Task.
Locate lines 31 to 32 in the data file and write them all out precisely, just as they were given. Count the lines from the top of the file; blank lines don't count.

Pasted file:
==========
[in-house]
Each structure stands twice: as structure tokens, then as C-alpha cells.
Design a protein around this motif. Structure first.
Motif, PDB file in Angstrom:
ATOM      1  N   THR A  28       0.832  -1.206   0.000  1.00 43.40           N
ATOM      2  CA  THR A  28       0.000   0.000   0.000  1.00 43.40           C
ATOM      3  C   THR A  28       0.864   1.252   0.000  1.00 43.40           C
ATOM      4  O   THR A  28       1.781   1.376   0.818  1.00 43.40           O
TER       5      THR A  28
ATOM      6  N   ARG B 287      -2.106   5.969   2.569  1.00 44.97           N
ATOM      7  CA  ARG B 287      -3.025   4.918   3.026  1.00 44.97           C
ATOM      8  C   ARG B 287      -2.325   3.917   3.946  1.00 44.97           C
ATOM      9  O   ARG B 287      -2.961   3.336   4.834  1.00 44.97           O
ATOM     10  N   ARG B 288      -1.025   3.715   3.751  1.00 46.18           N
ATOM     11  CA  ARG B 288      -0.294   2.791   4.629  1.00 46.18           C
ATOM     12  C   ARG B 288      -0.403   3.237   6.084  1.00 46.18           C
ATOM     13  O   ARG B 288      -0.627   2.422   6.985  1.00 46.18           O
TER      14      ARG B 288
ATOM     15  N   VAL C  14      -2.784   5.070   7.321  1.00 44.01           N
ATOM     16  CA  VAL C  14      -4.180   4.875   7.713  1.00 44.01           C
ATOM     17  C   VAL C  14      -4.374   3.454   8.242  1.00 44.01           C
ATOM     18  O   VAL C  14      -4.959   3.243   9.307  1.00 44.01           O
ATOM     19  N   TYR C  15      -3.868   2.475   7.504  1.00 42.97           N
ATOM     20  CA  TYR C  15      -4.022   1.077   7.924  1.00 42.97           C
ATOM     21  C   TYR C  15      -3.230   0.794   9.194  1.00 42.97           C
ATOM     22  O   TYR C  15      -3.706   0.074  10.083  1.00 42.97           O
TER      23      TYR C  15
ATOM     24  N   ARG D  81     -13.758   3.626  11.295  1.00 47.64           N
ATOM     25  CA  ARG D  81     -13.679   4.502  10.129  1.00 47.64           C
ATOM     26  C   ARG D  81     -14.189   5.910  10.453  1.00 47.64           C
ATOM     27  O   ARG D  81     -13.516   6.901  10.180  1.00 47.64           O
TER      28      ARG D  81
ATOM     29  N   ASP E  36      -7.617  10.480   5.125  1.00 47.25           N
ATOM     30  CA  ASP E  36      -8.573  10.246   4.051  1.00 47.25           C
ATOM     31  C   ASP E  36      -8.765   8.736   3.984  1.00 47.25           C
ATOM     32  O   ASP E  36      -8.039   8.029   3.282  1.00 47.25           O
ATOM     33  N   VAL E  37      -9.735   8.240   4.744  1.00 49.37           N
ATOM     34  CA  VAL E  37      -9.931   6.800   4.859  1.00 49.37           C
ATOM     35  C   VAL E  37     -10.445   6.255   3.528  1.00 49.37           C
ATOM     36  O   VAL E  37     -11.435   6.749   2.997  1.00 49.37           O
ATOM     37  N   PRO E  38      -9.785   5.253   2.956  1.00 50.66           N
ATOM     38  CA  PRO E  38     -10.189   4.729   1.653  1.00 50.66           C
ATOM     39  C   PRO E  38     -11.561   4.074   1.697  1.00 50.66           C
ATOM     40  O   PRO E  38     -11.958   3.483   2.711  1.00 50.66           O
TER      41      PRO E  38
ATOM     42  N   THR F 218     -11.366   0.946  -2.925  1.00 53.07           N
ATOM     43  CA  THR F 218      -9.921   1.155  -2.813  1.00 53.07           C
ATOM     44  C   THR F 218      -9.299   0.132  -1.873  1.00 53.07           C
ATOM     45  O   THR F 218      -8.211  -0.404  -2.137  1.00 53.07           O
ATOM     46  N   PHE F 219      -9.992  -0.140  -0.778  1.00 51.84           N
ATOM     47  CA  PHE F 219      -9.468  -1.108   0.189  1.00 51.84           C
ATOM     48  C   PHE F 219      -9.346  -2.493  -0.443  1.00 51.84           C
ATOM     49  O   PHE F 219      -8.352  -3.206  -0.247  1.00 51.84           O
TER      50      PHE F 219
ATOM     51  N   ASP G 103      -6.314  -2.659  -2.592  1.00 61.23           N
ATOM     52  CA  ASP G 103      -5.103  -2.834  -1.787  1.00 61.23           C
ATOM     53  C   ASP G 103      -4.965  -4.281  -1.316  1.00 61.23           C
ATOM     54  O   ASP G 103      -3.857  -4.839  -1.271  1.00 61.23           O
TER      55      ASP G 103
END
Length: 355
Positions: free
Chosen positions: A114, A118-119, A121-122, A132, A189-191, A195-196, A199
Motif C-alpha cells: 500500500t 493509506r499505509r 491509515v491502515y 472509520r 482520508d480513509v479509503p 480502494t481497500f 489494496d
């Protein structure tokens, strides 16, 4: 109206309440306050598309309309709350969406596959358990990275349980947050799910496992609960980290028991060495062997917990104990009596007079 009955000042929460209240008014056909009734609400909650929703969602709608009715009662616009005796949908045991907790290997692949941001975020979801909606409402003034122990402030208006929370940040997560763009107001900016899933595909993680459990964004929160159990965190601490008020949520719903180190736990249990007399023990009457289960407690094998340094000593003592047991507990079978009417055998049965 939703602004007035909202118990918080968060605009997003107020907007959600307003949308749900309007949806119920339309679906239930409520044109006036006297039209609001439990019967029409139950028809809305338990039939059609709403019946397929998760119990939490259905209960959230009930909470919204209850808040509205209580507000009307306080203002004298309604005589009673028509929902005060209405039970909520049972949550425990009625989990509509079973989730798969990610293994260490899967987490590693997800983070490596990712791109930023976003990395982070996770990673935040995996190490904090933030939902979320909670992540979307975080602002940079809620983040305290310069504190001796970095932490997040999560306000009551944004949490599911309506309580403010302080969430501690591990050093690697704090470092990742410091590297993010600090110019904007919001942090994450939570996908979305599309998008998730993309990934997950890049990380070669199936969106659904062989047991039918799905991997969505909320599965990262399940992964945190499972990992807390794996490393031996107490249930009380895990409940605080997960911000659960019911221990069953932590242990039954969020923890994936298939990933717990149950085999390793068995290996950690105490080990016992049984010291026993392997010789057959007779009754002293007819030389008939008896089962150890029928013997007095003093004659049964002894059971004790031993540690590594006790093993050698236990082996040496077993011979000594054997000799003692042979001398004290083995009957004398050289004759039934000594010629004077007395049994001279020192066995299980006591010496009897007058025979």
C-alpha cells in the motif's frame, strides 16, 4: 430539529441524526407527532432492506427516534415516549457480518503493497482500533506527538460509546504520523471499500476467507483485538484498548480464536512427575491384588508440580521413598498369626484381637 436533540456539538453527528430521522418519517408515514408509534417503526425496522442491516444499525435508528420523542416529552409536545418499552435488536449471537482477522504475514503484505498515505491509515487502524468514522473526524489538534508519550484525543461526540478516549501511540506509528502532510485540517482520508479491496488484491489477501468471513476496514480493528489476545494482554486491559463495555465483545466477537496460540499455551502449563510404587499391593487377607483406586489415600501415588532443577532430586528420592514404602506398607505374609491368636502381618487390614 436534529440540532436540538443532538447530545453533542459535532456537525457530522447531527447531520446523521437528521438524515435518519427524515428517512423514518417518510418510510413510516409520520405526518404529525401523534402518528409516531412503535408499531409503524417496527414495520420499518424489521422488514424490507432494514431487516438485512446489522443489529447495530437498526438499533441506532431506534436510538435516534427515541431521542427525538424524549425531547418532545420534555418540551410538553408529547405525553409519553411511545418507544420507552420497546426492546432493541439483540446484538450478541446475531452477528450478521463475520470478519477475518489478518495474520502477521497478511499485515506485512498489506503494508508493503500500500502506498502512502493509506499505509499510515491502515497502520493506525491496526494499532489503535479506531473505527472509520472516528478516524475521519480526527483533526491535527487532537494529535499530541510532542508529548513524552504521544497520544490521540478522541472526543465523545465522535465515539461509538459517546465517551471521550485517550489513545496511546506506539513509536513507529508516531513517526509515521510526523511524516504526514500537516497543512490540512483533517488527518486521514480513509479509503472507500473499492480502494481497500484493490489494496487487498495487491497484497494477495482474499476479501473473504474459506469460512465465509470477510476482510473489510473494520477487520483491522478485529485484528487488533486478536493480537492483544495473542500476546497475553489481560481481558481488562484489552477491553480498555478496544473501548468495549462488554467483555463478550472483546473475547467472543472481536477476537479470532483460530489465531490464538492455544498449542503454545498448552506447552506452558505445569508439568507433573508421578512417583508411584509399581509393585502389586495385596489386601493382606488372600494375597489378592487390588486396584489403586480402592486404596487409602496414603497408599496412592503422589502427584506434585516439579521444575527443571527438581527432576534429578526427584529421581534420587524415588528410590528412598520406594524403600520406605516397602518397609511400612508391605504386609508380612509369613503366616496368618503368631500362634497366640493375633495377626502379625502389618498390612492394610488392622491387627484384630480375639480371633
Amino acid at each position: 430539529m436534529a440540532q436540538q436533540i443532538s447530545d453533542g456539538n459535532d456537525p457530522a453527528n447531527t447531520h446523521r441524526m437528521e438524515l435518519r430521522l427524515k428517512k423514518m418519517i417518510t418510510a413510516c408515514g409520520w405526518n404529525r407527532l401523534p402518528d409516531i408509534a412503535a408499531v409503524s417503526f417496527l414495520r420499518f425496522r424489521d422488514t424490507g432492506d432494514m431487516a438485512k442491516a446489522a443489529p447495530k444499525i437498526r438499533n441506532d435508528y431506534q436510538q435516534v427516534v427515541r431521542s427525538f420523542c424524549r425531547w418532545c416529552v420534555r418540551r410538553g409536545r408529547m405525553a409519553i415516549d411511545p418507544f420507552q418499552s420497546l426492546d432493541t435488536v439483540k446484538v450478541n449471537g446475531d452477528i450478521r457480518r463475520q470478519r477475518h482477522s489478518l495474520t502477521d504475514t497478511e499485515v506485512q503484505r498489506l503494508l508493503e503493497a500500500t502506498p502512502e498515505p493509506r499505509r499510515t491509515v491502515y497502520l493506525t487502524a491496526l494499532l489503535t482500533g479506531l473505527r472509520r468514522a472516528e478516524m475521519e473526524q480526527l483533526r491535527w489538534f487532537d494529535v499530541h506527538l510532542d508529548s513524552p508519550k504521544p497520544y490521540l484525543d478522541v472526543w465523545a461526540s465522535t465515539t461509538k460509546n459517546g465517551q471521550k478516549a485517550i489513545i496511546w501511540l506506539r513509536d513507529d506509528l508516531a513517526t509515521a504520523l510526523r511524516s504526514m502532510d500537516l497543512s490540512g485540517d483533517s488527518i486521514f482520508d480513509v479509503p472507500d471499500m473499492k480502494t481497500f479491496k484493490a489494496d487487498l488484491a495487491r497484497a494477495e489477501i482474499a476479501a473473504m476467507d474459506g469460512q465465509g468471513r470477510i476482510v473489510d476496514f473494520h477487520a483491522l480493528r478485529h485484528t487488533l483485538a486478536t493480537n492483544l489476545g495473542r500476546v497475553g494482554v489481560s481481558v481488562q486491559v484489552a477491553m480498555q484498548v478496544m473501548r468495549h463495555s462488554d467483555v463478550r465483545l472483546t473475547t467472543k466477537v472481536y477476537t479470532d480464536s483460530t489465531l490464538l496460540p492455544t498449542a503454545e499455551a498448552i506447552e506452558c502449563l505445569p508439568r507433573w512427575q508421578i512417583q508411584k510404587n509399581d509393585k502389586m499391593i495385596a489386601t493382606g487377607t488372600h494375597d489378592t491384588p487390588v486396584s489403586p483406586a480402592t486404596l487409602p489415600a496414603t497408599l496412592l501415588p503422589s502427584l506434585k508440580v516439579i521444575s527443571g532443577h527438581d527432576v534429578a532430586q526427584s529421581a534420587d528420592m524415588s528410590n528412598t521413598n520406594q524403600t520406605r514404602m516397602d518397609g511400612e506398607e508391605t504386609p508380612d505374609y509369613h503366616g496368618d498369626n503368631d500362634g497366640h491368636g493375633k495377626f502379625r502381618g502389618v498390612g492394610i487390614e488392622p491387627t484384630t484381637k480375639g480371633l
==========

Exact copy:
ATOM     27  O   ARG D  81     -13.516   6.901  10.180  1.00 47.64           O
TER      28      ARG D  81